This was perhaps an inevitable starting point for private ownership in a country with limited private savings and a long tradition of communism (see Boycko et al., 1995). The crucial question is whether the ownership structure began to evolve through market forces towards one more conducive to enhance corporate governance and improved performance. Our survey instrument was designed to allow us to address issues of ownership and ownership evolution in some detail, and relate these to a variety of measures of company performance, both quantitative, such as economic or financial performance (productivity, profitability), and qualitative indicators of restructuring activity (See Estrin et al., 1995). We also explore indicators of corporate governance, including managerial turnover.

At the same time, reforms will influence the economic environment in which firms are trading. Stabilisation will provide a reduction of risk and clarity of economic signal to managers. Liberalisation impacts on enterprise performance by enhancing the competition faced by firms in their product markets. Even when corporate governance is weak, enterprises can be forced to improve performance by tough competition in their domestic or international markets. The effect of this on company performance, of course, depends in part on ownership structure.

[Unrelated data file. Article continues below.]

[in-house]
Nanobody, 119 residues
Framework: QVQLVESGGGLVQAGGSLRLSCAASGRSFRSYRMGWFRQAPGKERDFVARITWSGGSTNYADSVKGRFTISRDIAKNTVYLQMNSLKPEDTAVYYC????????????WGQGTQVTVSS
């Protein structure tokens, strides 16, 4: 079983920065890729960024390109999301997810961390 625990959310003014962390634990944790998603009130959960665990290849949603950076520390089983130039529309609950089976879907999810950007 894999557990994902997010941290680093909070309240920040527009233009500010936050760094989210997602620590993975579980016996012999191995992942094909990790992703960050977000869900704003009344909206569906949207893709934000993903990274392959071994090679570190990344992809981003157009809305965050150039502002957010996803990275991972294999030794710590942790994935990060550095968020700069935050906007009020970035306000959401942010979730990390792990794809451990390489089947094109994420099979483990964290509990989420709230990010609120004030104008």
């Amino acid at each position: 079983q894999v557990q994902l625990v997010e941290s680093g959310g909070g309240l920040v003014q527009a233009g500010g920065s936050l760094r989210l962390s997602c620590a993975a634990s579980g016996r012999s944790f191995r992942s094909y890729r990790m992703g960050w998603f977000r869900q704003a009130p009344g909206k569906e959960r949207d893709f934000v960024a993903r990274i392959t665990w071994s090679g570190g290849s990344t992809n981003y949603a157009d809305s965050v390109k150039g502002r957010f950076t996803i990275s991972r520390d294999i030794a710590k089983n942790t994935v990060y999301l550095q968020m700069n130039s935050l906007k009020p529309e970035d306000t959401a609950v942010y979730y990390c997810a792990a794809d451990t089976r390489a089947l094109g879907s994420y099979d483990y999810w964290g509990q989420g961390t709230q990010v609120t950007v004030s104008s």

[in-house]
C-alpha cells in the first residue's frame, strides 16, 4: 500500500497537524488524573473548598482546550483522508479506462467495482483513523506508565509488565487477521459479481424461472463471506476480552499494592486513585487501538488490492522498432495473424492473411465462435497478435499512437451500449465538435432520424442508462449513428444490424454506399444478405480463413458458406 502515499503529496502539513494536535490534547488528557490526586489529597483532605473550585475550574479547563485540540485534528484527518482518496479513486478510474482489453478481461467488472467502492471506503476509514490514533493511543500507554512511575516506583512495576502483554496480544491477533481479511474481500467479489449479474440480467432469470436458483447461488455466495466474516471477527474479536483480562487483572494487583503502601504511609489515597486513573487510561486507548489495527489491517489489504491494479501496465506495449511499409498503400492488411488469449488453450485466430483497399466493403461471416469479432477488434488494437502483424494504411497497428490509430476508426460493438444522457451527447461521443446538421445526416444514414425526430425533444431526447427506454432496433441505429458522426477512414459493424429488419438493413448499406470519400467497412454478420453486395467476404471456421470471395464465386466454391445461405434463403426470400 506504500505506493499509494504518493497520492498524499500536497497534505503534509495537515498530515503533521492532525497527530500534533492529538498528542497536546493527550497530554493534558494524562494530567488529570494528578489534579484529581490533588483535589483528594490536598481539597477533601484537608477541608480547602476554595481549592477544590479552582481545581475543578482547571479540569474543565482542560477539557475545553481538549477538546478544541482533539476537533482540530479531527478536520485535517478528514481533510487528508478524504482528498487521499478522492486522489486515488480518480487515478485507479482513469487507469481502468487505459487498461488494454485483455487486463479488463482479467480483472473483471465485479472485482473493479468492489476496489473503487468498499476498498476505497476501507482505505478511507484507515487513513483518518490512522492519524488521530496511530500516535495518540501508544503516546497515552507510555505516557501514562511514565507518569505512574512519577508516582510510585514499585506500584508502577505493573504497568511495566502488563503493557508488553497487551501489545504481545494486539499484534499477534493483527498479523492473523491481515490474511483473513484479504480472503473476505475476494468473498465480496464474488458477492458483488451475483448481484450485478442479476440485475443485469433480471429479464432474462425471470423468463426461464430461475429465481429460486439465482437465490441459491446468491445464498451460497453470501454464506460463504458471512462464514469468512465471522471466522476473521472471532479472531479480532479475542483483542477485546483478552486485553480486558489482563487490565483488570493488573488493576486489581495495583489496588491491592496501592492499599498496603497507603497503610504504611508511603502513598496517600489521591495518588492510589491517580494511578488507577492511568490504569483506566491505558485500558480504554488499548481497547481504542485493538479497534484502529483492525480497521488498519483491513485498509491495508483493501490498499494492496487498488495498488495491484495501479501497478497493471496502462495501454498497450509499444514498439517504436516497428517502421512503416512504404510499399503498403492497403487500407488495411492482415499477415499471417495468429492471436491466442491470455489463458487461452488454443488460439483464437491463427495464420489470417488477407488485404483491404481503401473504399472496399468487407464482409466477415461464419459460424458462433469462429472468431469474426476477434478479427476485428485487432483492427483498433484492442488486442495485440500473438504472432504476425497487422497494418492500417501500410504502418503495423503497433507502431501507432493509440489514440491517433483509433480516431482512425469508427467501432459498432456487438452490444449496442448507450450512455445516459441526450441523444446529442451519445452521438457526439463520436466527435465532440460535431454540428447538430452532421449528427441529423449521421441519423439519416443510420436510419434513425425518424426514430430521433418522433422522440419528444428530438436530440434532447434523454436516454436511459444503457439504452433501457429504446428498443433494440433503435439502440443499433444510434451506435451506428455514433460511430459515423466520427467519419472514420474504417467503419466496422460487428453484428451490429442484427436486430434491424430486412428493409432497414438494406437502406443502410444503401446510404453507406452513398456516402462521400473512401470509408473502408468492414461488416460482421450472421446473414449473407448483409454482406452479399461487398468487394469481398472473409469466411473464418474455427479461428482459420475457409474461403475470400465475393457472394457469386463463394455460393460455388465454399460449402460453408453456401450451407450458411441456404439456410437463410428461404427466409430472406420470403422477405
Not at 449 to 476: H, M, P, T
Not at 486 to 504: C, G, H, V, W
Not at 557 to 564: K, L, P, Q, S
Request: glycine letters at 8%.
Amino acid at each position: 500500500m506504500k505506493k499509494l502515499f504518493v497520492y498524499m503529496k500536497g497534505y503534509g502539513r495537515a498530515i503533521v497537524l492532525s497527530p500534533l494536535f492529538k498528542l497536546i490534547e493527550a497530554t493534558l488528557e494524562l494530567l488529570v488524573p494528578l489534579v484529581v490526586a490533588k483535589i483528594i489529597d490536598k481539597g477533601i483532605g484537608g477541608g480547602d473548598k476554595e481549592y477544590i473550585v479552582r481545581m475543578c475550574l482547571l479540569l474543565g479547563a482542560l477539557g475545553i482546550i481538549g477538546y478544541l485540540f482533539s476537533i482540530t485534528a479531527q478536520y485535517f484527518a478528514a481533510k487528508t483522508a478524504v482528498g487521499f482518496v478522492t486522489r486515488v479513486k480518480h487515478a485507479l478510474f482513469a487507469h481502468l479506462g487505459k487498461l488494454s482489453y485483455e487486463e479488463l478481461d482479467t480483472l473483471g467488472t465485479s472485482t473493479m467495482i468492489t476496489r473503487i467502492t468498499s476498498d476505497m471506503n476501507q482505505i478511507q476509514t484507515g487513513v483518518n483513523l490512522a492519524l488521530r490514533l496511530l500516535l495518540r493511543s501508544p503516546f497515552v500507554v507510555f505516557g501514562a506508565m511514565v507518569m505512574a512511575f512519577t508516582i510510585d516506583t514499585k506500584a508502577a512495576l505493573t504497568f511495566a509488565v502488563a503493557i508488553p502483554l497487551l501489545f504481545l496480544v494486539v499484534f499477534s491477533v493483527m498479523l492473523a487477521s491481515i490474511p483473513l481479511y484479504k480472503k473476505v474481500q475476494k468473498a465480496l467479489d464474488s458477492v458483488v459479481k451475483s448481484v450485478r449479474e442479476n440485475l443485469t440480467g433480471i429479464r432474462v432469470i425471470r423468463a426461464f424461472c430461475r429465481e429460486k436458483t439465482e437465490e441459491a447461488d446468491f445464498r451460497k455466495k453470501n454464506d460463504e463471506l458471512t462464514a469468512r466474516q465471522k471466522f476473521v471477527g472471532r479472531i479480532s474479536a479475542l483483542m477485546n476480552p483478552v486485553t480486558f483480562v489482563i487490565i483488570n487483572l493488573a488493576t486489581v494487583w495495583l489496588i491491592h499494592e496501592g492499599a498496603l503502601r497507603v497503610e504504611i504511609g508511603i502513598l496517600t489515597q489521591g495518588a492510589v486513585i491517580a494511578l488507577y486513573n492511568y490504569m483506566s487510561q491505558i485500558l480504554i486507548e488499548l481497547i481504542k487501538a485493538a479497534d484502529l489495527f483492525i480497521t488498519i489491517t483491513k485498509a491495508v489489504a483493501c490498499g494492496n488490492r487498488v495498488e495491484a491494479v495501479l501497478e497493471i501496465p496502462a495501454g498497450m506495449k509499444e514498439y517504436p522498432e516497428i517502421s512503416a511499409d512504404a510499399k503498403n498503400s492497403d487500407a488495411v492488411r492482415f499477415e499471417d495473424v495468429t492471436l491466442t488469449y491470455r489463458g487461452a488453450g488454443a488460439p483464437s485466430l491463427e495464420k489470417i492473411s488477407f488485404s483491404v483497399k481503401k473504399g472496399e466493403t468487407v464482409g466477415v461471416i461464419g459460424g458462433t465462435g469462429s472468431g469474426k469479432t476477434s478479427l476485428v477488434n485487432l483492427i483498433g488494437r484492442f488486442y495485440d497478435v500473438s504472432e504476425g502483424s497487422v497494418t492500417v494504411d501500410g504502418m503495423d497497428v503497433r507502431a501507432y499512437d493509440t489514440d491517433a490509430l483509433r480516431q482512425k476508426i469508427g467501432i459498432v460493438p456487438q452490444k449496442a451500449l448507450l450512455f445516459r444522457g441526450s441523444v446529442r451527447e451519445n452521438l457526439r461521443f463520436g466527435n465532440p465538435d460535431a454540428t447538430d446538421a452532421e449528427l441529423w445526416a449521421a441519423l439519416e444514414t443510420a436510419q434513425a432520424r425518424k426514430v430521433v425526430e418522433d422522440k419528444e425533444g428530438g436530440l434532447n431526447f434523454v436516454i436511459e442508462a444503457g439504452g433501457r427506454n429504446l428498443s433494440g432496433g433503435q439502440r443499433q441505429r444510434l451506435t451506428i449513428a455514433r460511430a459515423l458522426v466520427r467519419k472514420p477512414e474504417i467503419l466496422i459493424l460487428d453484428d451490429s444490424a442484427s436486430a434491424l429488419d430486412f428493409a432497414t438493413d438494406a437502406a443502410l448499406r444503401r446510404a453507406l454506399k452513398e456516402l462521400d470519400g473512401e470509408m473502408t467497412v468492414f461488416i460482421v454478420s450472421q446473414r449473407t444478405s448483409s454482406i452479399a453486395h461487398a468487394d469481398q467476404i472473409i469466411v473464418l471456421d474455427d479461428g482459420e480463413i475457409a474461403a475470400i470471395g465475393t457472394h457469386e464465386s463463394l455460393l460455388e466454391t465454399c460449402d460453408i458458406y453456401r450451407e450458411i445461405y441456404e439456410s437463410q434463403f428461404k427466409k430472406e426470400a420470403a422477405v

However, restructuring is likely to be an expensive activity, requiring investment in new technologies, methods and systems. The capacity of firms to finance these activities internally, and the availability of resources from capital markets, is the final area of analysis. Much of the literature on restructuring and enterprise performance implicitly assumes that capital is available at a fixed interest rate with infinitely elastic supply. In practice, this was not true in Russia – capital was scarce and allocated more by rationing than by price. In the Russian literature, this has been regarded as a major constraint on economic development. It also relates to issues of ownership and governance because management will not be able to raise additional funds from the owners if shareholders are insufficiently protected. This may lead to binding financial constraints on enterprise behaviour, which can hold back restructuring and influence total factor productivity and company performance.